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Google Drive for Android Review

Date Added: November 17, 2012 06:16:17 AM
Author: admin
Category: Internet

Google Docs App for Android is now Google Drive, rebranding the existing app into a cloud storage service. In addition to accessing your Google documents and syncing them up with the cloud, the new app allows you to upload and share files of any type using your Google Drive.

The user interface is similar to the Web experience for Google Docs and has all the functionality of the Google Docs Android app.  The app opens to a dashboard with the options Drive, Recent, Shared with Me and Offline.  Tapping on Drive opens up a list of all the files on your Google Drive. Using the icon at the top of the screen, you can create a file or upload any type of file to your Google Drive. You can create and edit only documents and spreadsheets using the app. The file editing tools are basic, just like on Google Apps. Presentations and images can only be viewed but not edited within the app.  All the files you upload or edit from your app are automatically synced with the cloud, so that you can access them from a device or computer anywhere. Against each file on your drive is an icon with the options to Rename, Share, Email or Offline. The Share and Email options allow you to share any file on your drive with collaborators or send the file by email. Offline makes the files available offline, so that you can access them on your phone even when you don’t have an internet connection.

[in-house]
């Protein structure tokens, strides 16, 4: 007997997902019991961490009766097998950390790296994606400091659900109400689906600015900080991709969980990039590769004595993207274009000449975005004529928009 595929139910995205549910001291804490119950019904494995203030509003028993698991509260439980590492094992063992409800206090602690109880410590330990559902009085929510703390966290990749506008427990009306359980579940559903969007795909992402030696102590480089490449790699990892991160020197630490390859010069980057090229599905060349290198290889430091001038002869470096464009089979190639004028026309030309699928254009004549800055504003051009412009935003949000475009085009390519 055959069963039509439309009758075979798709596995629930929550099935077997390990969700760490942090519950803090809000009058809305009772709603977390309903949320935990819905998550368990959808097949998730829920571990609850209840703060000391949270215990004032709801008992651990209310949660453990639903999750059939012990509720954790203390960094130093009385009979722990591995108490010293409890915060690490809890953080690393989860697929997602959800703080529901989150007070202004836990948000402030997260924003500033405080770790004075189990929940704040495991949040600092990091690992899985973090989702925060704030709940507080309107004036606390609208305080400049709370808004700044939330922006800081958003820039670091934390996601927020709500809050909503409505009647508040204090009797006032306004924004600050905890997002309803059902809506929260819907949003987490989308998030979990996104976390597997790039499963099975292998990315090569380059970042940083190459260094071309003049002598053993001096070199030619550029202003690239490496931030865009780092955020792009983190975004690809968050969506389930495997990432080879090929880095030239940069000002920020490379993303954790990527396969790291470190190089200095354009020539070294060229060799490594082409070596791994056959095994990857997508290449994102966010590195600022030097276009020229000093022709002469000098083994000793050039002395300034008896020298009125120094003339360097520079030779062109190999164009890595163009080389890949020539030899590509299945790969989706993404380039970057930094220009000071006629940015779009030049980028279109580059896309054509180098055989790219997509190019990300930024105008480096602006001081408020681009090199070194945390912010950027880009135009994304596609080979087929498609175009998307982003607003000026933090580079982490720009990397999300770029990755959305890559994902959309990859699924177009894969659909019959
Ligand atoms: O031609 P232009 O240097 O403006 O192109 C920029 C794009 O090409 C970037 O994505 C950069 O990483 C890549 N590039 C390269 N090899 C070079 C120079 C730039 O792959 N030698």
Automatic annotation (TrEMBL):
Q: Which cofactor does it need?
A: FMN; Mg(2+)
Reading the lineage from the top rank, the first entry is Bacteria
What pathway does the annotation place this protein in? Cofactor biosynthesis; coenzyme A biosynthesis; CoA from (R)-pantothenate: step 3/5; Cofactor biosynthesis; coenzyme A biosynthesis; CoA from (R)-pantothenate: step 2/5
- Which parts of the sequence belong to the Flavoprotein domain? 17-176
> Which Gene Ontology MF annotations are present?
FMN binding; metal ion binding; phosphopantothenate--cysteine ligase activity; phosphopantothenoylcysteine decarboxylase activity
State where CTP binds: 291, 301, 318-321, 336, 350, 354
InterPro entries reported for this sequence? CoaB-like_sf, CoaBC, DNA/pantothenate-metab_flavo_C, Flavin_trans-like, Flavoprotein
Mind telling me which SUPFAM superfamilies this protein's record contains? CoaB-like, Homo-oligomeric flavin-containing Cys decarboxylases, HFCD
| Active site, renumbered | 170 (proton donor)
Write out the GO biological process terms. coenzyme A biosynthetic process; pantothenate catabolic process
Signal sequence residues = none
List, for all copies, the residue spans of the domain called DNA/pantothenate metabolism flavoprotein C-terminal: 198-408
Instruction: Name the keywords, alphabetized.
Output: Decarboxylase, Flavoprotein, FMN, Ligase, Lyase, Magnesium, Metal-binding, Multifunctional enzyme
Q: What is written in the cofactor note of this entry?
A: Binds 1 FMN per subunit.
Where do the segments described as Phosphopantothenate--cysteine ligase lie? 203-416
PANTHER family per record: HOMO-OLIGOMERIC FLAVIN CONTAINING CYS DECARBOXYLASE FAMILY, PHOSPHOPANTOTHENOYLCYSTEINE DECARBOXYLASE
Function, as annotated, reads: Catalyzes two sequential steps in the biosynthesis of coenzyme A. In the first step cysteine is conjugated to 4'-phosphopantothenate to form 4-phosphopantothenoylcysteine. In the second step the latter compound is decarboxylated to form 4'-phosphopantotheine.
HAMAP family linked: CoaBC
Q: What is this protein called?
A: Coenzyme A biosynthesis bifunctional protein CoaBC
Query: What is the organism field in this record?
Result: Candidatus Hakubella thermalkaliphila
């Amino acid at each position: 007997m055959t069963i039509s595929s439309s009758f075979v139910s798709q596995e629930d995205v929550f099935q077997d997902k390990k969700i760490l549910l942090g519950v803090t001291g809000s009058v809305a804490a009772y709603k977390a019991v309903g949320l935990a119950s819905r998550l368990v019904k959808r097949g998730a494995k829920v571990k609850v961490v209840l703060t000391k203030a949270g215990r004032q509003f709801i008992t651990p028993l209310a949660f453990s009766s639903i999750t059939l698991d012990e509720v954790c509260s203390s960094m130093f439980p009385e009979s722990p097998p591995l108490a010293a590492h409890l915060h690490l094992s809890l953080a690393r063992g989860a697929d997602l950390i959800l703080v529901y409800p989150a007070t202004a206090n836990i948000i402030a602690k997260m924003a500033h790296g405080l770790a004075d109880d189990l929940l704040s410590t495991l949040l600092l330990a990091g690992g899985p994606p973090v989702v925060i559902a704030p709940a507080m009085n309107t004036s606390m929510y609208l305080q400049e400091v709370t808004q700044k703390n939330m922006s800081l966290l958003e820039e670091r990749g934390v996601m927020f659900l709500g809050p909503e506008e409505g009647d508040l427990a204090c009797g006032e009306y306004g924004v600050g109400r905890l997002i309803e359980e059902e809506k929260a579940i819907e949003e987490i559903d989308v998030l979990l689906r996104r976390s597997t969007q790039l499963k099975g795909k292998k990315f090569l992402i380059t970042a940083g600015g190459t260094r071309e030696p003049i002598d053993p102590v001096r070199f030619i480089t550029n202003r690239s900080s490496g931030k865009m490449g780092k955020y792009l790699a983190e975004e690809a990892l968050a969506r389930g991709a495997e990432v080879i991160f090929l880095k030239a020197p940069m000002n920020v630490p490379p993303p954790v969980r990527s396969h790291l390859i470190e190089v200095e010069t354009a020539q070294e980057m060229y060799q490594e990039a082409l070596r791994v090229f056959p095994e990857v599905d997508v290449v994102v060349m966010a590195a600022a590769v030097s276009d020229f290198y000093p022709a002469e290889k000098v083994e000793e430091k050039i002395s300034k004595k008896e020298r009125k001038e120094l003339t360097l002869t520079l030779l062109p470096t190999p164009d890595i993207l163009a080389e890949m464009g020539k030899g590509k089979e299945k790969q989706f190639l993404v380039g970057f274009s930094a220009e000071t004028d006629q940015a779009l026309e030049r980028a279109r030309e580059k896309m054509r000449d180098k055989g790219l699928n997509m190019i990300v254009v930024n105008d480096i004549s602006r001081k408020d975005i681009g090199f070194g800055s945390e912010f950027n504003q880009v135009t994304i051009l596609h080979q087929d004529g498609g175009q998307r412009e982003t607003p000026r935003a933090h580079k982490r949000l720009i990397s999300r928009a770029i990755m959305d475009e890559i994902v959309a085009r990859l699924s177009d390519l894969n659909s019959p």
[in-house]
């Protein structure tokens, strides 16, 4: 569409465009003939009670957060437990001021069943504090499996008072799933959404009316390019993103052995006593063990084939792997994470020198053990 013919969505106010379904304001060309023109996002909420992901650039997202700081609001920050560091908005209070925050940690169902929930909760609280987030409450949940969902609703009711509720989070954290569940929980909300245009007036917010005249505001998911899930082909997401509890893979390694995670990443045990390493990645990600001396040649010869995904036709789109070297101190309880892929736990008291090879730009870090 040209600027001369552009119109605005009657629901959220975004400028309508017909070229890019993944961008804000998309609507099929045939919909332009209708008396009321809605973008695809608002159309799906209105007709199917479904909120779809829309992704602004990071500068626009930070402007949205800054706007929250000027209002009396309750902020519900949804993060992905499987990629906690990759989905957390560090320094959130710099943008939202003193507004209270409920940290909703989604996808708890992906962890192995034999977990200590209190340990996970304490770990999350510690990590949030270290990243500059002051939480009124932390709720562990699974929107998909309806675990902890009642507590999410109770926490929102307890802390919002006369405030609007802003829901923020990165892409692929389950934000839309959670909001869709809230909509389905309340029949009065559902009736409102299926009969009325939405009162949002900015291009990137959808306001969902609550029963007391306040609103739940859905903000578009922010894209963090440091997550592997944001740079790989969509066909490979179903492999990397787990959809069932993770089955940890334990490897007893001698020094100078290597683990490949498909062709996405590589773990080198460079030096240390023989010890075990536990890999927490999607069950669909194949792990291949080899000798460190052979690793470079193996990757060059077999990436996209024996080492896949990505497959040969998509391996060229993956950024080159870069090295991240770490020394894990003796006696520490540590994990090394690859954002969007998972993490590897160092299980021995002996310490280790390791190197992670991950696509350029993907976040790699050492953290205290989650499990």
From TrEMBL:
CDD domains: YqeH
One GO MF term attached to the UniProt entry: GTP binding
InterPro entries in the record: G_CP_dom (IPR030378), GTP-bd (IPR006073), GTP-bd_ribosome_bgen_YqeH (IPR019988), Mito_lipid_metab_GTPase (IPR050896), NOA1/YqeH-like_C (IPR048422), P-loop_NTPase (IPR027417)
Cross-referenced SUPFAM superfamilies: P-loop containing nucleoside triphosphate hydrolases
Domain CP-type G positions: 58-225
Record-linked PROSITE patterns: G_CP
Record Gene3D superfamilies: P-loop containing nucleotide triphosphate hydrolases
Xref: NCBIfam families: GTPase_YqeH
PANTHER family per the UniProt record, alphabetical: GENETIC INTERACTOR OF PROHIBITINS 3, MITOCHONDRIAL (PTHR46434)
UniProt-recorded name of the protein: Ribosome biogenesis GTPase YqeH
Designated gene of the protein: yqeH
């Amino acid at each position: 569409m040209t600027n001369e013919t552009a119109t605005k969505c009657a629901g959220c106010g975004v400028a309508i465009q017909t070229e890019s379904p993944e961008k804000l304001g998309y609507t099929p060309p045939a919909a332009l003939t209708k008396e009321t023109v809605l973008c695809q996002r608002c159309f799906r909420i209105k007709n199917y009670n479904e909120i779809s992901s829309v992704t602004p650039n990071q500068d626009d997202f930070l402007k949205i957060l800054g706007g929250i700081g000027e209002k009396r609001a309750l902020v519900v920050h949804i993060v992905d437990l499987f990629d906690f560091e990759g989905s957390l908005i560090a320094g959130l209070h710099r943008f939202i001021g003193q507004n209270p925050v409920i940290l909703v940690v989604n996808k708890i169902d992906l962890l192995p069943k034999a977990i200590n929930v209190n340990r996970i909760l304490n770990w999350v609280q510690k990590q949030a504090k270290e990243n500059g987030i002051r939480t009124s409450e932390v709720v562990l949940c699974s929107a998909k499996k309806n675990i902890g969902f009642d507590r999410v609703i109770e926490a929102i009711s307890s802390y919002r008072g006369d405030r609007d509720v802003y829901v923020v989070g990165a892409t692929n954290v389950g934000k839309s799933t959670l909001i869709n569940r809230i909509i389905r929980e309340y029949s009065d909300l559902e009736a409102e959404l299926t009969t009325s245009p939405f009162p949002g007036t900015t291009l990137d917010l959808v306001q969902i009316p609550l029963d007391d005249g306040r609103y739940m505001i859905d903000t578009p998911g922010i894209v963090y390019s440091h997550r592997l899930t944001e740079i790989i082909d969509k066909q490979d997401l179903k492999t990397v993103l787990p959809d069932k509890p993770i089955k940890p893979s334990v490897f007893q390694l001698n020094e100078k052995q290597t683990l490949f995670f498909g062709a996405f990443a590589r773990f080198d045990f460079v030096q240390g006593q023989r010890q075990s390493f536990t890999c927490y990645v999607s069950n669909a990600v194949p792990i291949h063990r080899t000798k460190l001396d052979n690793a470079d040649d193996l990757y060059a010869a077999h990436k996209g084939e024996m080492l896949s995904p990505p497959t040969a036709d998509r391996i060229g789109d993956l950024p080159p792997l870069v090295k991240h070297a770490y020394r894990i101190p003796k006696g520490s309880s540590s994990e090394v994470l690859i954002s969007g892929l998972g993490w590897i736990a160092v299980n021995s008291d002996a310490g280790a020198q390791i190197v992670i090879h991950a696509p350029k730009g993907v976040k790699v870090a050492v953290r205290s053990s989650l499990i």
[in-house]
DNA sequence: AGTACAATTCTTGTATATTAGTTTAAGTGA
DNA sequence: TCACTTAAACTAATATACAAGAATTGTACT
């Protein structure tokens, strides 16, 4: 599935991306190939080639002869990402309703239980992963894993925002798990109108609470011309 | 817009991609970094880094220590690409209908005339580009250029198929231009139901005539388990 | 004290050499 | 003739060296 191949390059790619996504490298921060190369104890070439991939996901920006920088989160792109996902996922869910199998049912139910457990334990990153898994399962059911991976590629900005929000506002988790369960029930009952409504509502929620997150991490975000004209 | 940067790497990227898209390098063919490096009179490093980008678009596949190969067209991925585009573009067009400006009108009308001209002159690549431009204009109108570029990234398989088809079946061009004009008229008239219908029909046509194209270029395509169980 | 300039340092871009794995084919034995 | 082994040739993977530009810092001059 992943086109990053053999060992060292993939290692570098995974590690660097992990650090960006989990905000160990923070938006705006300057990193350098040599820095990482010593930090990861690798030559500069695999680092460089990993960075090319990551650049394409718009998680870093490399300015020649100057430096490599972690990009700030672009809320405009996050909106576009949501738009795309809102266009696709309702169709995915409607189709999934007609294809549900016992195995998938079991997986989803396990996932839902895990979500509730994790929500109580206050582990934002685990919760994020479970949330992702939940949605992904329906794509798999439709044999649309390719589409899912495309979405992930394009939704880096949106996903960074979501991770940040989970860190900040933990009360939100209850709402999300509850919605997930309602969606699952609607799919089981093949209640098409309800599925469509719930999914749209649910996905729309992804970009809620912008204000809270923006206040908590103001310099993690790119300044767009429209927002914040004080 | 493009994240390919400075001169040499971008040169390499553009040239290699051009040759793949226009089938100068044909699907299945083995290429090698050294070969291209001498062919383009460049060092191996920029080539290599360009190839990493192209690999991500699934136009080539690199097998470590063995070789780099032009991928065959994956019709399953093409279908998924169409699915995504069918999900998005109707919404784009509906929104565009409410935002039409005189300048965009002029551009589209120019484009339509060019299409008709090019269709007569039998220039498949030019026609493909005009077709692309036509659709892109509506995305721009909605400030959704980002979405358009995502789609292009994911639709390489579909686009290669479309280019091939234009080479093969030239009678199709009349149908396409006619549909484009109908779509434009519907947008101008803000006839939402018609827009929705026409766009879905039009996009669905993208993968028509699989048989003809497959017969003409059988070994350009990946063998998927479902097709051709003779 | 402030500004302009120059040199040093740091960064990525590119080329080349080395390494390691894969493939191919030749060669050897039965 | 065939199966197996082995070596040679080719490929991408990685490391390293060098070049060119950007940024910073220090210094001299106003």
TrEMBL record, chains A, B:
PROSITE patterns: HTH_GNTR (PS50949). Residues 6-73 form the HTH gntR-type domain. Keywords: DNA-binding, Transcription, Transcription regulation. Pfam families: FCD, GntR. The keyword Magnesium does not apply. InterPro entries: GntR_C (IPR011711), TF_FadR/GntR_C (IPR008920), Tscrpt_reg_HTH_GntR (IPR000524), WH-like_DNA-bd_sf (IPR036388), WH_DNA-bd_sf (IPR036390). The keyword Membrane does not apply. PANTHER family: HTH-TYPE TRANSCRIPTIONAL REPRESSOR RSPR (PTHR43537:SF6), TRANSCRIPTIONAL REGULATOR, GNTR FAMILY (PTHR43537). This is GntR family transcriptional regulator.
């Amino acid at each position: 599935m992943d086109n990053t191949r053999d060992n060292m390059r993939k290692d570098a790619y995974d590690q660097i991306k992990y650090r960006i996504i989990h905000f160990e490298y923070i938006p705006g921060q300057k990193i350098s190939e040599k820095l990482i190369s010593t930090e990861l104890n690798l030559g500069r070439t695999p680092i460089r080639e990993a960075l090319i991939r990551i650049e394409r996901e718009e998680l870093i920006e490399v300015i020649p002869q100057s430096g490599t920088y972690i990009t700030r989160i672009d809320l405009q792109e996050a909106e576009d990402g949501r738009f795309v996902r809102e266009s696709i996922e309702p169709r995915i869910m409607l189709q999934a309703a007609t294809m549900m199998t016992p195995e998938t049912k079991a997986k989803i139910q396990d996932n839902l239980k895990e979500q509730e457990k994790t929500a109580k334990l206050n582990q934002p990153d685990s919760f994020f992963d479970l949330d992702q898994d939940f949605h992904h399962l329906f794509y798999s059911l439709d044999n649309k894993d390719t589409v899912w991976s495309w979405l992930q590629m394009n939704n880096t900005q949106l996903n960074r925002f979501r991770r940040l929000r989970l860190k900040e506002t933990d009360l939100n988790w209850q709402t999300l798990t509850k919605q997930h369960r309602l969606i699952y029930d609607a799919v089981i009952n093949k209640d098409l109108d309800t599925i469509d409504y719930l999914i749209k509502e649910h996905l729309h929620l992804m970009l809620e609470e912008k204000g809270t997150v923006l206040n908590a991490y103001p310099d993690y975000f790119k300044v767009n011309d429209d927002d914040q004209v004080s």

Google Drive offers 5 GB of space free to store your data on the cloud. Additional storage up to 16TB is available on a tiered pricing plan. The first few tiers are 25GB for $2.49 per month, 100GB for $4.99 per month and 1TB for $49.99 per month.

As of now, the app has only limited functionality to organize your files into collections – it does not allow you to create new collections or move files between collections. You cannot provide a download link to your file either, as you can with other cloud storage service providers. Privacy concerns have been a major controversy since Google Drive launched, as the Terms of Use, though explicitly stating that you own your content on Google Drive, also assert Google’s license to use the content in various ways. This is different from several other cloud providers like Dropbox and Microsoft, who state that the only “use” that will be made of user content is to host it on their servers.

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